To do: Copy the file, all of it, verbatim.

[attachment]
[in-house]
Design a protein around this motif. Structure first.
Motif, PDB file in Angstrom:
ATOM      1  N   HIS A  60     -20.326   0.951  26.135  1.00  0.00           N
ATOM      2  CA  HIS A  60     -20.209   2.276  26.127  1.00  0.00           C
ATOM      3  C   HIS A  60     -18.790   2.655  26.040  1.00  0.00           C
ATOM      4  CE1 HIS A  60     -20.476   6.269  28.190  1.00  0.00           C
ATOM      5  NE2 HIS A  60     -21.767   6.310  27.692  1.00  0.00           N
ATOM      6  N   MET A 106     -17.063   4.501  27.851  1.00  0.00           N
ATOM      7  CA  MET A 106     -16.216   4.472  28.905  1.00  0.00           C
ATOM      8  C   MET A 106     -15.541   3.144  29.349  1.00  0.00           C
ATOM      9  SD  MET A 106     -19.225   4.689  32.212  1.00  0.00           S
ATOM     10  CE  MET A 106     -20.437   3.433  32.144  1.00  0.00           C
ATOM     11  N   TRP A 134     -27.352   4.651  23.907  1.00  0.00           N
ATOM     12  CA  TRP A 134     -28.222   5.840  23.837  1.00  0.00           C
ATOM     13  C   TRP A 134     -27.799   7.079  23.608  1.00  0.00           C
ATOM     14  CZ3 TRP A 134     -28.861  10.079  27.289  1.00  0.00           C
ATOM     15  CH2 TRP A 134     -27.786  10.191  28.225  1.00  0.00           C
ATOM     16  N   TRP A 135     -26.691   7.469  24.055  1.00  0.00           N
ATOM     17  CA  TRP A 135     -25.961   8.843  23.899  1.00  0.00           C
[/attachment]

[in-house]
Design a protein around this motif. Structure first.
Motif, PDB file in Angstrom:
ATOM      1  N   HIS A  60     -20.326   0.951  26.135  1.00  0.00           N
ATOM      2  CA  HIS A  60     -20.209   2.276  26.127  1.00  0.00           C
ATOM      3  C   HIS A  60     -18.790   2.655  26.040  1.00  0.00           C
ATOM      4  CE1 HIS A  60     -20.476   6.269  28.190  1.00  0.00           C
ATOM      5  NE2 HIS A  60     -21.767   6.310  27.692  1.00  0.00           N
ATOM      6  N   MET A 106     -17.063   4.501  27.851  1.00  0.00           N
ATOM      7  CA  MET A 106     -16.216   4.472  28.905  1.00  0.00           C
ATOM      8  C   MET A 106     -15.541   3.144  29.349  1.00  0.00           C
ATOM      9  SD  MET A 106     -19.225   4.689  32.212  1.00  0.00           S
ATOM     10  CE  MET A 106     -20.437   3.433  32.144  1.00  0.00           C
ATOM     11  N   TRP A 134     -27.352   4.651  23.907  1.00  0.00           N
ATOM     12  CA  TRP A 134     -28.222   5.840  23.837  1.00  0.00           C
ATOM     13  C   TRP A 134     -27.799   7.079  23.608  1.00  0.00           C
ATOM     14  CZ3 TRP A 134     -28.861  10.079  27.289  1.00  0.00           C
ATOM     15  CH2 TRP A 134     -27.786  10.191  28.225  1.00  0.00           C
ATOM     16  N   TRP A 135     -26.691   7.469  24.055  1.00  0.00           N
ATOM     17  CA  TRP A 135     -25.961   8.843  23.899  1.00  0.00           C